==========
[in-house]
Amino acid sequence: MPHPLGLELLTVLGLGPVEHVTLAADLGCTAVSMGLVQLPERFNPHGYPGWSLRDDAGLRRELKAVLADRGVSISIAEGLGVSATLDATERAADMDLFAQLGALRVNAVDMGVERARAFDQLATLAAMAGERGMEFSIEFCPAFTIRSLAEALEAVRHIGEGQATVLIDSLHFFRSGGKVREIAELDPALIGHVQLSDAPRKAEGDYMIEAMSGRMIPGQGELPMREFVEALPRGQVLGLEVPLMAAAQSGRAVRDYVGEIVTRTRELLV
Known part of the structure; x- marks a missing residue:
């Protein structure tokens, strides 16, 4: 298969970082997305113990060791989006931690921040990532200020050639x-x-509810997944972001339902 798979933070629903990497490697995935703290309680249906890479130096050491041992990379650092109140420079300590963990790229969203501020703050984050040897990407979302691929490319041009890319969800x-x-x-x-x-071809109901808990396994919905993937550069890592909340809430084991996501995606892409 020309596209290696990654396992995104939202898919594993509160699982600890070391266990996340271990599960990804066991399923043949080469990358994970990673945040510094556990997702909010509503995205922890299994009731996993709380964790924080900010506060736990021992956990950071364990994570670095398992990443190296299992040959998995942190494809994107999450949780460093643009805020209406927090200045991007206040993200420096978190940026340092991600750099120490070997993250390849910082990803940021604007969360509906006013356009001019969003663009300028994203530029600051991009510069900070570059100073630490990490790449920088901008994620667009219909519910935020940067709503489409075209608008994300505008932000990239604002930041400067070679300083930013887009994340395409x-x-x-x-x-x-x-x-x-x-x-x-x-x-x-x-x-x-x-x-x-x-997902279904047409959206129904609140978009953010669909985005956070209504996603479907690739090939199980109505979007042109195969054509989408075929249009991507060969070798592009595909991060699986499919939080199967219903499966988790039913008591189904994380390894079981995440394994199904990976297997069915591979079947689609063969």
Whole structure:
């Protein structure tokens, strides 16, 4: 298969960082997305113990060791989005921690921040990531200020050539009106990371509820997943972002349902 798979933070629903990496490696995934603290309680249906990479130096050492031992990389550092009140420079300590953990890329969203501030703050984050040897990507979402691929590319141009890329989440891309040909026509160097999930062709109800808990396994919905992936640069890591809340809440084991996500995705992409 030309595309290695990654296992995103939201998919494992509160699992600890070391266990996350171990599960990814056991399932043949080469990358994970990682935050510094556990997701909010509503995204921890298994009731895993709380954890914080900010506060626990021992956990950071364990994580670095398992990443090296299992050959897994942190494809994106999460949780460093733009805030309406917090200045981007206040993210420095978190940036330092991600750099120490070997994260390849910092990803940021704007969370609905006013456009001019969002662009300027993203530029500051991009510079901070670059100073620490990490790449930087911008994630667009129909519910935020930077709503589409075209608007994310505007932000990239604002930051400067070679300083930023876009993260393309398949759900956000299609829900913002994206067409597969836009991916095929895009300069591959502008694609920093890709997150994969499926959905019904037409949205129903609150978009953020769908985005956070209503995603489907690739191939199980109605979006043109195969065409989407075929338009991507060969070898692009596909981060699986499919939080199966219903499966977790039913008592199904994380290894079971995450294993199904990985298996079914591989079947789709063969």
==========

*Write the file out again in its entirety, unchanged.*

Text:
[in-house]
Amino acid sequence: MPHPLGLELLTVLGLGPVEHVTLAADLGCTAVSMGLVQLPERFNPHGYPGWSLRDDAGLRRELKAVLADRGVSISIAEGLGVSATLDATERAADMDLFAQLGALRVNAVDMGVERARAFDQLATLAAMAGERGMEFSIEFCPAFTIRSLAEALEAVRHIGEGQATVLIDSLHFFRSGGKVREIAELDPALIGHVQLSDAPRKAEGDYMIEAMSGRMIPGQGELPMREFVEALPRGQVLGLEVPLMAAAQSGRAVRDYVGEIVTRTRELLV
Known part of the structure; x- marks a missing residue:
């Protein structure tokens, strides 16, 4: 298969970082997305113990060791989006931690921040990532200020050639x-x-509810997944972001339902 798979933070629903990497490697995935703290309680249906890479130096050491041992990379650092109140420079300590963990790229969203501020703050984050040897990407979302691929490319041009890319969800x-x-x-x-x-071809109901808990396994919905993937550069890592909340809430084991996501995606892409 020309596209290696990654396992995104939202898919594993509160699982600890070391266990996340271990599960990804066991399923043949080469990358994970990673945040510094556990997702909010509503995205922890299994009731996993709380964790924080900010506060736990021992956990950071364990994570670095398992990443190296299992040959998995942190494809994107999450949780460093643009805020209406927090200045991007206040993200420096978190940026340092991600750099120490070997993250390849910082990803940021604007969360509906006013356009001019969003663009300028994203530029600051991009510069900070570059100073630490990490790449920088901008994620667009219909519910935020940067709503489409075209608008994300505008932000990239604002930041400067070679300083930013887009994340395409x-x-x-x-x-x-x-x-x-x-x-x-x-x-x-x-x-x-x-x-x-x-997902279904047409959206129904609140978009953010669909985005956070209504996603479907690739090939199980109505979007042109195969054509989408075929249009991507060969070798592009595909991060699986499919939080199967219903499966988790039913008591189904994380390894079981995440394994199904990976297997069915591979079947689609063969």
Whole structure:
């Protein structure tokens, strides 16, 4: 298969960082997305113990060791989005921690921040990531200020050539009106990371509820997943972002349902 798979933070629903990496490696995934603290309680249906990479130096050492031992990389550092009140420079300590953990890329969203501030703050984050040897990507979402691929590319141009890329989440891309040909026509160097999930062709109800808990396994919905992936640069890591809340809440084991996500995705992409 030309595309290695990654296992995103939201998919494992509160699992600890070391266990996350171990599960990814056991399932043949080469990358994970990682935050510094556990997701909010509503995204921890298994009731895993709380954890914080900010506060626990021992956990950071364990994580670095398992990443090296299992050959897994942190494809994106999460949780460093733009805030309406917090200045981007206040993210420095978190940036330092991600750099120490070997994260390849910092990803940021704007969370609905006013456009001019969002662009300027993203530029500051991009510079901070670059100073620490990490790449930087911008994630667009129909519910935020930077709503589409075209608007994310505007932000990239604002930051400067070679300083930023876009993260393309398949759900956000299609829900913002994206067409597969836009991916095929895009300069591959502008694609920093890709997150994969499926959905019904037409949205129903609150978009953020769908985005956070209503995603489907690739191939199980109605979006043109195969065409989407075929338009991507060969070898692009596909981060699986499919939080199966219903499966977790039913008592199904994380290894079971995450294993199904990985298996079914591989079947789709063969």